Day in the Life: Women’s tennis senior envisions self ninja

Nick Wood

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By Elise Otto

Every few weeks, The Pioneer’s Sports Section takes a look behind locker rooms left slightly ajar. This week, a senior tennis player battles volleys, ladybugs and mineralogy homework.

Day 1

6:00 a.m.: Alarm set for morning practice goes off. Morning practice ended two weeks ago, but the only time I remember to change the alarm is at this ungodly hour. I am lucid enough to observe a red black-dotted insect on the tip of my nose. I make a note to do something about my room’s ladybug infestation and to change alarm. I fall back asleep.

8:40 a.m.: Wake up again, roll out of bed, pick several ladybugs off my pillow and head for geophysics. I stop outside to release the bugs. Still can’t bring myself to kill them.

11:50 a.m.: Exit science building after tenuous battle with mineralogy homework. Grab lunch (bread, carrots, peanut butter), tennis clothes, rackets and shoes, and head for Bratton to hit with Jedi coach.

12:05 p.m.: I realize I’ve misplaced cell phone and swipe card. Stand outside Bratton in the rain banging furiously on the door until Jedi coach opens it for me. We work on a slice-volley sequence for an hour before we have to vacate the courts for a class.

6:35 p.m.: Three first-years have still not arrived for 6:30 p.m. practice. Make note to arrange friendly big-sister chats about being on time.

6:45 p.m.: Last first-year arrives. Jedi Coach reads extract from Bay Area Sports Psychologist’s new book, “The Way of the Champion: Lessons From Sun-Tzu’s ‘The Art of War’ and Other Tao Wisdom For Sports and Life” to prepare us for this weekend’s matches. “Envision yourself,” he tells us. I envision myself in full ninja garb.

8:30 p.m.: Finish up practice. Head for the library to churn out thesis figures.

10:15 p.m.: Skulk home with intentions of bed, only to find several housemates passionately singing Gillian Welch songs about dying, fiddle and guitars in hand. I run upstairs for my C key harmonica and harmonize.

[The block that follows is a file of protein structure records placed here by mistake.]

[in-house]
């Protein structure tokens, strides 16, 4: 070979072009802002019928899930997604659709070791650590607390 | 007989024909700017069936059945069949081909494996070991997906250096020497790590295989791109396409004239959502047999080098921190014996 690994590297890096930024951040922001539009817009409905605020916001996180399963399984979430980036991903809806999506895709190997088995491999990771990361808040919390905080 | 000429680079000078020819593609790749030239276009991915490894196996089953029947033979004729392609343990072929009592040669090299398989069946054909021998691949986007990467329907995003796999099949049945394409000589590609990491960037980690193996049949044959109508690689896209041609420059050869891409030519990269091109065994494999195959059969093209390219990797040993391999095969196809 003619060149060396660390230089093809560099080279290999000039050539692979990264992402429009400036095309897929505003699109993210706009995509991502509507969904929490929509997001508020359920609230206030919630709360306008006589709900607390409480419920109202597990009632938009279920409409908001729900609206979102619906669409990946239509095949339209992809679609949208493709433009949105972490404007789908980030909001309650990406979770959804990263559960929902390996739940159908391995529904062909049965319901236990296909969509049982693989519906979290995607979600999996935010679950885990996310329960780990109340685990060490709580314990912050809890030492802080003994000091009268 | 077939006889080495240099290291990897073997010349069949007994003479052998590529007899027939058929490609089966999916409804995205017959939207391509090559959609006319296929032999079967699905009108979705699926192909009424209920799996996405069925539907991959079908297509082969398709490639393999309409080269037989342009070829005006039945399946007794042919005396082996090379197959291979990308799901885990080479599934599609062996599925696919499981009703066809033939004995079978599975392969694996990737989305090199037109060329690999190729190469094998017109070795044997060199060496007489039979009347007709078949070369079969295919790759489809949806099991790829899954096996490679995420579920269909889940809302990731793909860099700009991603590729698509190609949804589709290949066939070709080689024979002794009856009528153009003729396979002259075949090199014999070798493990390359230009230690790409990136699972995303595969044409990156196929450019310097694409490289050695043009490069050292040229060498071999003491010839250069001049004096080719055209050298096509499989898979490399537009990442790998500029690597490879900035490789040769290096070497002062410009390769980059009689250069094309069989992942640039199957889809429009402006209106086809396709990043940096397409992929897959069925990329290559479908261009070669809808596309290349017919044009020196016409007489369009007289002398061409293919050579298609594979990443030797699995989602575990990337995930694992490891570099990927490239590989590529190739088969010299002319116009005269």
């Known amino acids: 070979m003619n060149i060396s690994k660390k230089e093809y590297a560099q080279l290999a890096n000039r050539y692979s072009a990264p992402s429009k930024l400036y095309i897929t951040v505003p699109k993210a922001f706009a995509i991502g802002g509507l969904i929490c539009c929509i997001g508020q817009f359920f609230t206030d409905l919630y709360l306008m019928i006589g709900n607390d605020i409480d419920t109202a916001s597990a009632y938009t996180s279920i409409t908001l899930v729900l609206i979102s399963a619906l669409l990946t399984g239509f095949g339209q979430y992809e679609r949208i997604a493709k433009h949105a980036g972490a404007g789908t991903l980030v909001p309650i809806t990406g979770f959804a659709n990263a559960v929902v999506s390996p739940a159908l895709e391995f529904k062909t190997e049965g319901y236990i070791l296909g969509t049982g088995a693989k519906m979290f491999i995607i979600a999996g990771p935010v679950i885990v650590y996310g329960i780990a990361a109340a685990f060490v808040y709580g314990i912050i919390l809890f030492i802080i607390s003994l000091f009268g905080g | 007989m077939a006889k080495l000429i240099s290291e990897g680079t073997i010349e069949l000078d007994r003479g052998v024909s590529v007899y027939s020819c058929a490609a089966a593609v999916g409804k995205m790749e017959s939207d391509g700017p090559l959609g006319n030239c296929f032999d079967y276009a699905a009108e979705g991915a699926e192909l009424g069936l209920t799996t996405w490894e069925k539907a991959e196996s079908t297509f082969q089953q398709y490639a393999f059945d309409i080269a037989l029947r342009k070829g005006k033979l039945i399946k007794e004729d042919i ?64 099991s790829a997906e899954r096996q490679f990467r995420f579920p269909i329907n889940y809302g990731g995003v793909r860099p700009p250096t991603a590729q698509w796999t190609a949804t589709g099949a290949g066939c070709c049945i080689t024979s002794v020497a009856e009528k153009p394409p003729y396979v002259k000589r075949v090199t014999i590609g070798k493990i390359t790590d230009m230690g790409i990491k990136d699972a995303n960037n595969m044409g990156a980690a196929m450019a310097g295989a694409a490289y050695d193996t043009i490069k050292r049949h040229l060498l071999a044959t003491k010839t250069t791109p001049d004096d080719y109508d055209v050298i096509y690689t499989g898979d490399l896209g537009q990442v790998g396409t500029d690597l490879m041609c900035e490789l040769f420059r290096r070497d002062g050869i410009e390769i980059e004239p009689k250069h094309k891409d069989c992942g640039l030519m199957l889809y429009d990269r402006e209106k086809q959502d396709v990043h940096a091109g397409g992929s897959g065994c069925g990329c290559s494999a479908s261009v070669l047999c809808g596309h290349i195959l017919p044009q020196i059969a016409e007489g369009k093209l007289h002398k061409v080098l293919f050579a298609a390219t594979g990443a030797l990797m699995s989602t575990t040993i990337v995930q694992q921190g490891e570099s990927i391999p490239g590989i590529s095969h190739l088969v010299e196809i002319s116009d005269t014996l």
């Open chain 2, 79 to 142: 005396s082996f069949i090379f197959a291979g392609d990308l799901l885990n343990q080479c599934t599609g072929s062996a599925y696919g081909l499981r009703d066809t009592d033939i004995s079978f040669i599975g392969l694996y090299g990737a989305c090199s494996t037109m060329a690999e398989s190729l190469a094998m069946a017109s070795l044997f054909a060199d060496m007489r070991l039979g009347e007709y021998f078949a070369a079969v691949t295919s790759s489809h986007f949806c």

12:13 a.m.: Fall asleep without bothering to clean out ladybugs.

Day 2

6:30 a.m.: Same as Day 1. I curse my passivity as I pick a ladybug out of my ear.

10:18 a.m.: Wake up for real from surreal dream about playing senior league tennis with my ex-lover’s father. My post-college tennis career looks glum. Head downstairs to find steel cut oats waiting for me on the stove. I text the tennis team’s badass Montanan. “Wanna dress like ninjas for practice?” She texts back “hell yeah.”

10:45 a.m.-2:09 p.m.: Intermittently attend class, work on homework and hold “serious” discussions about timeliness with tennis first-years.

2:10 p.m.: I rush home from the science building brainstorming ninja masks as I go.

2:11 p.m.: I throw on a purple unitard and begin cutting ninja masks. Three T-shirts in, I’ve made two reasonably good masks.

2:31 p.m.: Grab rackets, backpack, etc. and head for Bratton at a fast jog, regretting the heartfelt discussions of timeliness I had earlier this afternoon.

2:34 p.m.: Blinded by my ninja mask, I trip over a root in front of Cordiner and face plant in full ninja garb. I feel a sharp throbbing pain in my ankle.

2:35 p.m.: I call Jedi Coach to tell him I rolled my ankle and am going to be a few minutes late. “Why don’t you just go straight to the trainers?” he asks, but I assure him I’ll be there in a few. Ninja must practice.

2:37 p.m.: Limping up to Bratton. Badass Montanan is waiting outside. We don our masks, run (hop) onto the courts and begin to battle. The team is mildly amused at our antics. I avoid eye contact with all first-years.

3:00 p.m.: After hitting for 20 minutes I head over to the trainers to get my ankle examined. The trainer looks skeptically at my purple unitard and suggests ice. I limp home to pick up my backpack and then head for the science building.

Recap: Two false alarms, one rolled ankle, zero murdered ladybugs

Elise Otto ’11 returns a volley during the Whitman Women’s Tennis team’s last Doubles home match of the season in the Bratton Tennis Center. Photo Credit: Faith Bernstein

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